But for Smothers, it was the most important thing for his healthcare that day.
"He was acutely aware of his situation, and that's why he wanted to make sure they got married as soon as possible," says Conway.
A wrinkle was that the couple had a Minnesota marriage license, but not one for Wisconsin. Conway and his nurse navigator initially viewed the request as something beyond their purview, but, knowing the physical debilitation the new treatments would cause for Smothers, Conway promised to check into it.
Conway and his nurse navigator made their way back to their department, but as they talked about the request, Conway decided to head over to Gundersen's administration building to see if the request could be accommodated somehow. The person he was looking for wasn't there, so Conway began to walk out on the way to another appointment. That's when Bryan Erdmann, a Gundersen vice president, took an interest.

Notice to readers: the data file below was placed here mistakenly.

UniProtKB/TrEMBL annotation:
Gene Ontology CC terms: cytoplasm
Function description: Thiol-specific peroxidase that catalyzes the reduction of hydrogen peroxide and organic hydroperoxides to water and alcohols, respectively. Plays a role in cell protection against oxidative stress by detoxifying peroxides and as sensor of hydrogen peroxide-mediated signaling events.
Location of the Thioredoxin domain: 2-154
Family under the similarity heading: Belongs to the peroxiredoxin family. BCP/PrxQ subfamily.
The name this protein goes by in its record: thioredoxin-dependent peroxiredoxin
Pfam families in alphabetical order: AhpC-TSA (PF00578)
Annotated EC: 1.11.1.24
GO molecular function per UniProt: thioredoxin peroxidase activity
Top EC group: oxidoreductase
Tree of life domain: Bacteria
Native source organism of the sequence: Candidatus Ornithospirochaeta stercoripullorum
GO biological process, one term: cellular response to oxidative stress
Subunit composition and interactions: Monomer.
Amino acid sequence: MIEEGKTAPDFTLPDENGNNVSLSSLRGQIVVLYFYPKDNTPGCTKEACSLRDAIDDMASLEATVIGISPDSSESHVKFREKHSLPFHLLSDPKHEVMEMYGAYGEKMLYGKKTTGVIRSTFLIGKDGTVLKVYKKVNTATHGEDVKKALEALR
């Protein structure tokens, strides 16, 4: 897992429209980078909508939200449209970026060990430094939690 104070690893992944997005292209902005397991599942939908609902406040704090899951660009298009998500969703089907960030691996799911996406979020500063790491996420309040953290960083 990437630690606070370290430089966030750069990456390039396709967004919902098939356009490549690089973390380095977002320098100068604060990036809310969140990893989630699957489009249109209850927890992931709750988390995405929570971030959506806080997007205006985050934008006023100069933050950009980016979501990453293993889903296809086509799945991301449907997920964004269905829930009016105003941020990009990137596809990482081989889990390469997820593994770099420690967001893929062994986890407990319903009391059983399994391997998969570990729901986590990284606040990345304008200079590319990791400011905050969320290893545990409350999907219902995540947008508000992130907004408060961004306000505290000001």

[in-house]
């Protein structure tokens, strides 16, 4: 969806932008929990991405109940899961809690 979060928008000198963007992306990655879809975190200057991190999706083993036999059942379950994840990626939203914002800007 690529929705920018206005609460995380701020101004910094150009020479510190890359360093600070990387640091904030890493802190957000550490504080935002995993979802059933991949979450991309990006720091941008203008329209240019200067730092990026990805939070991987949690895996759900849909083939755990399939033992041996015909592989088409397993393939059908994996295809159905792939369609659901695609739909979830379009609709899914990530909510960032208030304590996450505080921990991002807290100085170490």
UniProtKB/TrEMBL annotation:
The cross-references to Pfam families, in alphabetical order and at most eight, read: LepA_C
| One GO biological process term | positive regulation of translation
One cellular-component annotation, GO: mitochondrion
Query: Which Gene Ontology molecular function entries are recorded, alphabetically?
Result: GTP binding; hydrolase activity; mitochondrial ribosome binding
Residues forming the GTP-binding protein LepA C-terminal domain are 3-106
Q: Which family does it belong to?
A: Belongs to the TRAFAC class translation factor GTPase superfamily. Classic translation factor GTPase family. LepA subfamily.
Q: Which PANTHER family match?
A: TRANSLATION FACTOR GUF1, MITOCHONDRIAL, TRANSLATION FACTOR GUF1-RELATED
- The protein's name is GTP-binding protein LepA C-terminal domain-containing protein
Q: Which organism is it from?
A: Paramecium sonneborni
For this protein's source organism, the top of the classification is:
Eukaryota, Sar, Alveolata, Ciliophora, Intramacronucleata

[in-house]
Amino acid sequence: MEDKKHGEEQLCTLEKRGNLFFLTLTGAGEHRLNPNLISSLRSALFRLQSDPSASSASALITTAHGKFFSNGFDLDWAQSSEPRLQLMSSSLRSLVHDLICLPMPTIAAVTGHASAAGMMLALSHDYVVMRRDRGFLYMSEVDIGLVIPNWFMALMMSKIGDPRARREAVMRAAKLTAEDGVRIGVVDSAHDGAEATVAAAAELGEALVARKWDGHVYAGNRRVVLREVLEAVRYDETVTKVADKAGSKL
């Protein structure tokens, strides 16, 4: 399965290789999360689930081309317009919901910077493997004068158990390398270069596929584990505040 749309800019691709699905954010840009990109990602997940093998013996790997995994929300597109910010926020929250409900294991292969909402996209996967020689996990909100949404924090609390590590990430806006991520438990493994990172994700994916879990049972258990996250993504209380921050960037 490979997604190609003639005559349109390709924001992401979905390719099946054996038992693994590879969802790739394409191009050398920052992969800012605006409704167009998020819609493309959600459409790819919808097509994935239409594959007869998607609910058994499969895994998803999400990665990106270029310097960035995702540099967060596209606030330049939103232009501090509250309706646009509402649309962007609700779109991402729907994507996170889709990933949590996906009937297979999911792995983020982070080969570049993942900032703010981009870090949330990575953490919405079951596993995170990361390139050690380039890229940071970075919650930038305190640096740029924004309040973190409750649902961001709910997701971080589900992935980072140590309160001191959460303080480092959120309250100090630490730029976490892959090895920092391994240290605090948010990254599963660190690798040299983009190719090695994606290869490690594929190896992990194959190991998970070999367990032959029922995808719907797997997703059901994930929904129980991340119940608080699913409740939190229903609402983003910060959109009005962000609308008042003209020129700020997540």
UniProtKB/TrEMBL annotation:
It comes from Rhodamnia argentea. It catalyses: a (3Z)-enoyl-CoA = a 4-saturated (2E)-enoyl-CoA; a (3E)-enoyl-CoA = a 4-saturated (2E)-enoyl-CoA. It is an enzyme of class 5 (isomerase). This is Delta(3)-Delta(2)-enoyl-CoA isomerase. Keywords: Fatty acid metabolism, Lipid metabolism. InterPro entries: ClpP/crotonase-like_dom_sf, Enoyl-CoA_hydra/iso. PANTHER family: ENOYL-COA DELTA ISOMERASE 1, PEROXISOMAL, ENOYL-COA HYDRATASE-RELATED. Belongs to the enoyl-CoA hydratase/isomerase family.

"He looked like he needed to talk to someone, so I just asked if there was anything I could do to help," says Erdmann.
Conway told Erdmann of Smothers' request and his idea that the couple could be transported via ambulance across the nearby state border into Minnesota and married quickly.
Erdmann said, "Well, let's get 'em married then" and went into action.
He checked with the Gundersen's legal department and found that an emergency Wisconsin marriage license could be issued. He talked with Smothers' attending physician to see whether the patient was up to it physically, if the service were performed on the hospital campus. Getting a yes, Erdmann passed the word around to the hospital staff, which , although short because of the impending holiday weekend, responded enthusiastically.